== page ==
I'm curious if there is a way to decrypt CSS-encrypted DVD's transparently to the user. That is, of course one can use programs like DVD Decrypter or SmartRipper to copy CSS-protected .vob's to hard drive, but what I'm looking for is a driver that allows the protected files to be already seen as unprotected when you open then with any Windows program (basically, CSS decryption on-the-fly). If such program exists, it would be a lower filter driver that installs on an IDE/SCSI device, much like AudioFS (that allows you to see audio tracks on a CD-DA disk as .wav files (instead of .cda) -- which then can be opened and manipulated in a regular manner with any Windows program).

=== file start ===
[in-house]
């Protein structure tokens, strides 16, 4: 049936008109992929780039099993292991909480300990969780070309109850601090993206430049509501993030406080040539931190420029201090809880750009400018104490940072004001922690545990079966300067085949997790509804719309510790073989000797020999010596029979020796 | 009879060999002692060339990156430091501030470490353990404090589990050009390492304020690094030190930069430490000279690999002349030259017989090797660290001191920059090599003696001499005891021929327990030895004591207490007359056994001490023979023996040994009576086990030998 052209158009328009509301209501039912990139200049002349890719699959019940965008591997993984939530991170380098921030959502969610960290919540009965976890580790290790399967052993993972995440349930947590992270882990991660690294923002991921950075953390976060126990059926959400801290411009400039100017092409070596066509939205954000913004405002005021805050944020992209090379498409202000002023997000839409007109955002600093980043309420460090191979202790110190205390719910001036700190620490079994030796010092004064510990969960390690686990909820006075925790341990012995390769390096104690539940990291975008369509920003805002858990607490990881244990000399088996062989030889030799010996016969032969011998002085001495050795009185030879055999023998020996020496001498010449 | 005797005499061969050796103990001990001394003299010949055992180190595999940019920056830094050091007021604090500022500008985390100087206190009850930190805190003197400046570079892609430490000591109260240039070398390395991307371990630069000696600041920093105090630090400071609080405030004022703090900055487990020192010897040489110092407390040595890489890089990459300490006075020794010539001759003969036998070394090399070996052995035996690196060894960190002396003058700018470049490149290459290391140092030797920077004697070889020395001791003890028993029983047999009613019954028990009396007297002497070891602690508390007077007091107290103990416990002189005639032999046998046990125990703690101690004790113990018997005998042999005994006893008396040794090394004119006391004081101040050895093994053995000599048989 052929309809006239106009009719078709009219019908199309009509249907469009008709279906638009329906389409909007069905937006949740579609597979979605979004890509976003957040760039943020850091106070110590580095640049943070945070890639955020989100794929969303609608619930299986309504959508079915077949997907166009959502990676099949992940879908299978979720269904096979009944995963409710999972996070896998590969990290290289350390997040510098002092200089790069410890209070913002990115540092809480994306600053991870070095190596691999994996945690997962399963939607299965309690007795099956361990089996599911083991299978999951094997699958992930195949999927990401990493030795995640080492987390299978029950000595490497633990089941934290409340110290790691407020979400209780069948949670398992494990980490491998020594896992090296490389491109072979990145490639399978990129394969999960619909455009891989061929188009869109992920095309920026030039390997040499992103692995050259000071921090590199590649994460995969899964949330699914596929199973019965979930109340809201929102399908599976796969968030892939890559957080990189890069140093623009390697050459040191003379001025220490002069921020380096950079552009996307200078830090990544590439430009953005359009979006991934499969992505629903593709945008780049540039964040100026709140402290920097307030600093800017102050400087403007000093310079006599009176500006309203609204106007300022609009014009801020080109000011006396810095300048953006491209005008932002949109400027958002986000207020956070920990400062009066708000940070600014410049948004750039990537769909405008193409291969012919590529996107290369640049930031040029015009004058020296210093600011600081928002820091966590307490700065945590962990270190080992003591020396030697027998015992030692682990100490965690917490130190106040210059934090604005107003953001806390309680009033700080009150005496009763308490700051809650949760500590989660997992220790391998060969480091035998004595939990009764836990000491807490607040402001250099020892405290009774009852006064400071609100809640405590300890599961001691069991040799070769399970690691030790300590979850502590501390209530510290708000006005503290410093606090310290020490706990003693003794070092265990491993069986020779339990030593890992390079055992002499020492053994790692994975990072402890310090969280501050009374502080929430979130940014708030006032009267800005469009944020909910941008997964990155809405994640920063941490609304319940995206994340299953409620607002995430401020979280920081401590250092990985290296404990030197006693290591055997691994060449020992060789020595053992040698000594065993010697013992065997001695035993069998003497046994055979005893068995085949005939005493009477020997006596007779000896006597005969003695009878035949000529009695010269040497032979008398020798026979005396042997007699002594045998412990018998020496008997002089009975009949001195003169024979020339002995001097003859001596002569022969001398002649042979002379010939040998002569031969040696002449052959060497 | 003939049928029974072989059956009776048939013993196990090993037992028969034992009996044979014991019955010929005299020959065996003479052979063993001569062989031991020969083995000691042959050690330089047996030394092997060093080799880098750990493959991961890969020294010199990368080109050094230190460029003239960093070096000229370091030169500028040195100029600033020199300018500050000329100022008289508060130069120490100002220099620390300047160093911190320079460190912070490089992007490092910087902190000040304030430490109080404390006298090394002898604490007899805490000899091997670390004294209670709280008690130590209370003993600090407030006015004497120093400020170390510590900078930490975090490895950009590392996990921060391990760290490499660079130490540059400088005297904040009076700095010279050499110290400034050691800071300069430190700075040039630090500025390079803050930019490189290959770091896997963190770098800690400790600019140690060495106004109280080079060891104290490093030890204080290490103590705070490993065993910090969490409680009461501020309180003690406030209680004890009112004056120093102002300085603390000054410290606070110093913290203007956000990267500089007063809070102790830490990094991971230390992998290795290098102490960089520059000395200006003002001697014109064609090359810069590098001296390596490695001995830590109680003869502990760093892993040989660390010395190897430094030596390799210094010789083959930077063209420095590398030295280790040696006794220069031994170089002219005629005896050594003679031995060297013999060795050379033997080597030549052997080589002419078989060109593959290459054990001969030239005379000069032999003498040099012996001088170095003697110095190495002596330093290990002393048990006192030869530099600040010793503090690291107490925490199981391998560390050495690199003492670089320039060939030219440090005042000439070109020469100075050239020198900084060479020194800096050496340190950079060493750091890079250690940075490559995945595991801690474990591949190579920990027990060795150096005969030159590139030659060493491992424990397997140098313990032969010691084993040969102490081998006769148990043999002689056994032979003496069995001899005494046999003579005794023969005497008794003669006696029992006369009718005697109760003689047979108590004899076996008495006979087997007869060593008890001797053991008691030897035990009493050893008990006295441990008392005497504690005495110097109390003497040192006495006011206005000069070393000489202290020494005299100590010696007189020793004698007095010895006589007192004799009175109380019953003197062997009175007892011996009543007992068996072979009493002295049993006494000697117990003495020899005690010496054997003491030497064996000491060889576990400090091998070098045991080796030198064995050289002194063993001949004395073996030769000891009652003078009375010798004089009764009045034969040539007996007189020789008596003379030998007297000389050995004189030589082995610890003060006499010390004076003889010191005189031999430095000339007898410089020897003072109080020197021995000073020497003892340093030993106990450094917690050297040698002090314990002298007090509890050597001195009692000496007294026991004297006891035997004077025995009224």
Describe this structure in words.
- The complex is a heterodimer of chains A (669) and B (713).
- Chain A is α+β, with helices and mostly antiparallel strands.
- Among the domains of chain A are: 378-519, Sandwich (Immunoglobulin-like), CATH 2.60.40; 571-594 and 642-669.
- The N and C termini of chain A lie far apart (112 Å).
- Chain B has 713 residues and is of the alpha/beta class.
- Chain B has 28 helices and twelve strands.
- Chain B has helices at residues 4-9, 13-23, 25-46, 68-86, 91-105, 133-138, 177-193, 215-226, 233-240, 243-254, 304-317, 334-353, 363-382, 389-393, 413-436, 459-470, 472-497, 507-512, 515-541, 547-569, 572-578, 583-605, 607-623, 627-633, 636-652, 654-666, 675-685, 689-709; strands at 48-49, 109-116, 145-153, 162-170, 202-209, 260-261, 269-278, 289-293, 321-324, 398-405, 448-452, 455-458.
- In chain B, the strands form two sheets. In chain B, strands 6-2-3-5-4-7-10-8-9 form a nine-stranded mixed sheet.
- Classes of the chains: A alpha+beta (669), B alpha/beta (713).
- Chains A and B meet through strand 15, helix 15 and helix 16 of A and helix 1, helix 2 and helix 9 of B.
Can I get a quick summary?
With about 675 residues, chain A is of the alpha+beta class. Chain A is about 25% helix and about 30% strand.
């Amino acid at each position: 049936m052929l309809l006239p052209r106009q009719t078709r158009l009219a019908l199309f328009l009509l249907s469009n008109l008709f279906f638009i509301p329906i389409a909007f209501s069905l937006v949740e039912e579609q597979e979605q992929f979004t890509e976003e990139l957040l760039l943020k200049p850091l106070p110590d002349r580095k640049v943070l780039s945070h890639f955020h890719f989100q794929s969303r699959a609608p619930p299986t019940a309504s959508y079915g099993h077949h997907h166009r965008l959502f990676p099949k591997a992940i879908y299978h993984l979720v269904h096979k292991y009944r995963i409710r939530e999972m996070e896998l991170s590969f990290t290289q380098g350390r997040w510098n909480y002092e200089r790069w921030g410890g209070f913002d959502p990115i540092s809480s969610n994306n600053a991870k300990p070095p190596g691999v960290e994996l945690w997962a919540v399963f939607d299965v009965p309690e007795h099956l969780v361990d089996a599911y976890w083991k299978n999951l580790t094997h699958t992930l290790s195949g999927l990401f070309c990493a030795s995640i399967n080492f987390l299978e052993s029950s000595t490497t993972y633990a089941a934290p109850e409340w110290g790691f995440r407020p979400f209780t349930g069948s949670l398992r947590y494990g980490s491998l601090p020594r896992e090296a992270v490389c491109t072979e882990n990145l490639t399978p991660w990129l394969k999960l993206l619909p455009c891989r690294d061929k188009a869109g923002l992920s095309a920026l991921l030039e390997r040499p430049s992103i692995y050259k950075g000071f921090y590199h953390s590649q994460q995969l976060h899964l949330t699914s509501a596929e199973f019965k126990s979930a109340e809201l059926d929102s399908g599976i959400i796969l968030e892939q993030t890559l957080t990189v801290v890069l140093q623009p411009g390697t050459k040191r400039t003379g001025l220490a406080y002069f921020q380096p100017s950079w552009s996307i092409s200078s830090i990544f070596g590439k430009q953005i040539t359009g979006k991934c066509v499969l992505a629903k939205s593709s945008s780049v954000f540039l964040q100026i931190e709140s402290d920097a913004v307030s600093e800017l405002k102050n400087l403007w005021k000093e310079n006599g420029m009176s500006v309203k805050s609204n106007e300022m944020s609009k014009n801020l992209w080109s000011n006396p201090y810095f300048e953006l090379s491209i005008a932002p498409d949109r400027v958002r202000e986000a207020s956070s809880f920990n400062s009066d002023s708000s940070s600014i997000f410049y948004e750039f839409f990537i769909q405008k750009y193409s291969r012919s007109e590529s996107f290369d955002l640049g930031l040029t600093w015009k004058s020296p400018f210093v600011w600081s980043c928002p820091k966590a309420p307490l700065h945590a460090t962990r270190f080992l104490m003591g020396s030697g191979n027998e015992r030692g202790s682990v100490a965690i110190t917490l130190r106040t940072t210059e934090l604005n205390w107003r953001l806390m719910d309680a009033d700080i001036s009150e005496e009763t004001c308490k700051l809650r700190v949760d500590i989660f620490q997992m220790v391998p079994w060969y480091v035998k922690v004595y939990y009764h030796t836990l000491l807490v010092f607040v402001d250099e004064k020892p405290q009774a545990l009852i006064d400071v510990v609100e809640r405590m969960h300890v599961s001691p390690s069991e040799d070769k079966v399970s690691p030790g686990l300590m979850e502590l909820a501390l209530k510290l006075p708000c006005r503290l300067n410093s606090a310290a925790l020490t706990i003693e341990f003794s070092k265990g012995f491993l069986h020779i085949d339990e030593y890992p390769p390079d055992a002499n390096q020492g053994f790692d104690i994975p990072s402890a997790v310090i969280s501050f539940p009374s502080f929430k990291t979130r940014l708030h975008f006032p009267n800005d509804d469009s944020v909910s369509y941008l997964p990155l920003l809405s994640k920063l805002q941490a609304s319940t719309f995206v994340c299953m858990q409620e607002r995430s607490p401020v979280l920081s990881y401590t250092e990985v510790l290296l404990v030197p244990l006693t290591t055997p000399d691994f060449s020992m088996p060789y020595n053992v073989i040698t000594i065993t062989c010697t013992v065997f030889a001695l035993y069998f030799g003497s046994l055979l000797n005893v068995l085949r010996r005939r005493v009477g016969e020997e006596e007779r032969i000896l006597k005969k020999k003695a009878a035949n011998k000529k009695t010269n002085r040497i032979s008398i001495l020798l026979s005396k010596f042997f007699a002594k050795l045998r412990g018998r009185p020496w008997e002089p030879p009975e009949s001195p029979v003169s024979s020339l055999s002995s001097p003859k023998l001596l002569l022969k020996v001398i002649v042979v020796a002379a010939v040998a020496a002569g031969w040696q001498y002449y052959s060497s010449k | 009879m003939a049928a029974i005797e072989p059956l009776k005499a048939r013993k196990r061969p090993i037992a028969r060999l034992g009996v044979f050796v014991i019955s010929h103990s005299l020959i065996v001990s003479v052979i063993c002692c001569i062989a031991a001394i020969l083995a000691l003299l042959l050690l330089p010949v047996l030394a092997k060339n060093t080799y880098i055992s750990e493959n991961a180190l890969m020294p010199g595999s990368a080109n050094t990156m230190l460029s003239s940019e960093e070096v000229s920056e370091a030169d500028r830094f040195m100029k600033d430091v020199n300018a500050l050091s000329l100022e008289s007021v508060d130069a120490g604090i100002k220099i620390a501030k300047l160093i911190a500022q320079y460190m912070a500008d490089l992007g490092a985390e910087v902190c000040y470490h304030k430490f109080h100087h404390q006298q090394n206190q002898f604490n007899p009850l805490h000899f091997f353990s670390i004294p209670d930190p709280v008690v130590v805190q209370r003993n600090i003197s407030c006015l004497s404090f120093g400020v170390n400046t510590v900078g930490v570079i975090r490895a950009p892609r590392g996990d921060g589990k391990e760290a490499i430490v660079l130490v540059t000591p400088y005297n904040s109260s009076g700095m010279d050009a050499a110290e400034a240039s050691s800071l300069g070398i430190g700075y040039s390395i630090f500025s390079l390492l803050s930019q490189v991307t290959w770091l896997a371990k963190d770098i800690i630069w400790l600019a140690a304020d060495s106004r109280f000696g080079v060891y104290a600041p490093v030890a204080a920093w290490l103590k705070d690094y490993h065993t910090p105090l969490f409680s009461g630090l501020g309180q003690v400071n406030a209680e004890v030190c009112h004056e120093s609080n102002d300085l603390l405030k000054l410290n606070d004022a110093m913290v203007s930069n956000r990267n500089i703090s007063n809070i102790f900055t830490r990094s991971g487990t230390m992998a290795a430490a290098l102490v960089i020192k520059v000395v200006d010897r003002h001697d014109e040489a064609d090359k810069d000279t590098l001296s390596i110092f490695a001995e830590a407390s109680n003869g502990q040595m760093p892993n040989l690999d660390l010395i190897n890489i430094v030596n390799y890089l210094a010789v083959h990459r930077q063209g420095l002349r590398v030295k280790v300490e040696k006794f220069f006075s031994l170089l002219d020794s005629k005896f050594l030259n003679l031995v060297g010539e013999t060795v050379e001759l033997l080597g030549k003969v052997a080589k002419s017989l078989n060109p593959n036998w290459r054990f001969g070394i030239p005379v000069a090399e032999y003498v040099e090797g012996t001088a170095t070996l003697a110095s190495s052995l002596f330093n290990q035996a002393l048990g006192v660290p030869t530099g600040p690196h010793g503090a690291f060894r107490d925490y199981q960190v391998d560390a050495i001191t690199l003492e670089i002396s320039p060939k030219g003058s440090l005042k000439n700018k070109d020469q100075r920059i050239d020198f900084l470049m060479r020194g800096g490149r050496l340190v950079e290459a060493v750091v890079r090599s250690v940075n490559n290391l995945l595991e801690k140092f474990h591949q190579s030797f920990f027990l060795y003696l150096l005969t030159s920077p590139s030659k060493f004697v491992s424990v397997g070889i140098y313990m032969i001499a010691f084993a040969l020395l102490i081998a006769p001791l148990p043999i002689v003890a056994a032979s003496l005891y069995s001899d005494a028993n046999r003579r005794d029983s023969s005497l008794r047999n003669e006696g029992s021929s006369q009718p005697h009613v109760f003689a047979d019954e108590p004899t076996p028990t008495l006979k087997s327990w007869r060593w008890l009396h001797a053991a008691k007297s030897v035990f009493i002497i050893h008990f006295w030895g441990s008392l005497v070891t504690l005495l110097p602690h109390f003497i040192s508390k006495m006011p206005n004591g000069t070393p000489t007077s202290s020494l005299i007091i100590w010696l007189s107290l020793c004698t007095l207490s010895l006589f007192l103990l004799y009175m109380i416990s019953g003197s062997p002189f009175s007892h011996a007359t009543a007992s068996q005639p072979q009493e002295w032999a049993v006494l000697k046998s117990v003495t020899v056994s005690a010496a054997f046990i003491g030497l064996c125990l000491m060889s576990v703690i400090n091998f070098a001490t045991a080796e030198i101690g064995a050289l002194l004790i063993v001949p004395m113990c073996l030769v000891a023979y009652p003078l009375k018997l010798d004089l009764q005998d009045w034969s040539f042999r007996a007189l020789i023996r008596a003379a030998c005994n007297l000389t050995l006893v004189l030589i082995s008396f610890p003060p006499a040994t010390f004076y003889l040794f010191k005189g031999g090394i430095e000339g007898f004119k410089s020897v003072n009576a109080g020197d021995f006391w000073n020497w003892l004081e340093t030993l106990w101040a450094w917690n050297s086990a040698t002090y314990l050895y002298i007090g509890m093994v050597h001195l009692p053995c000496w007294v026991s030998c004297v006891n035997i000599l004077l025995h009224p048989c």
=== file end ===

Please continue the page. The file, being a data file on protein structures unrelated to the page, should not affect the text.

I don't know the specifics of how CSS works, but I know that it has two parts to its decryption key, one of which is stored in an area not normally accessible as a file. That is why programs like DVD Decrypter need to either use ASPI to read raw sectors from the DVD to find a key, or (if ASPI is not available) have to bruteforce the key. Thus, I conclude that if you have direct disk access to the DVD drive (a lower filter driver does), you should have no problems decrypting CSS on the fly -- like any standalone DVD player does.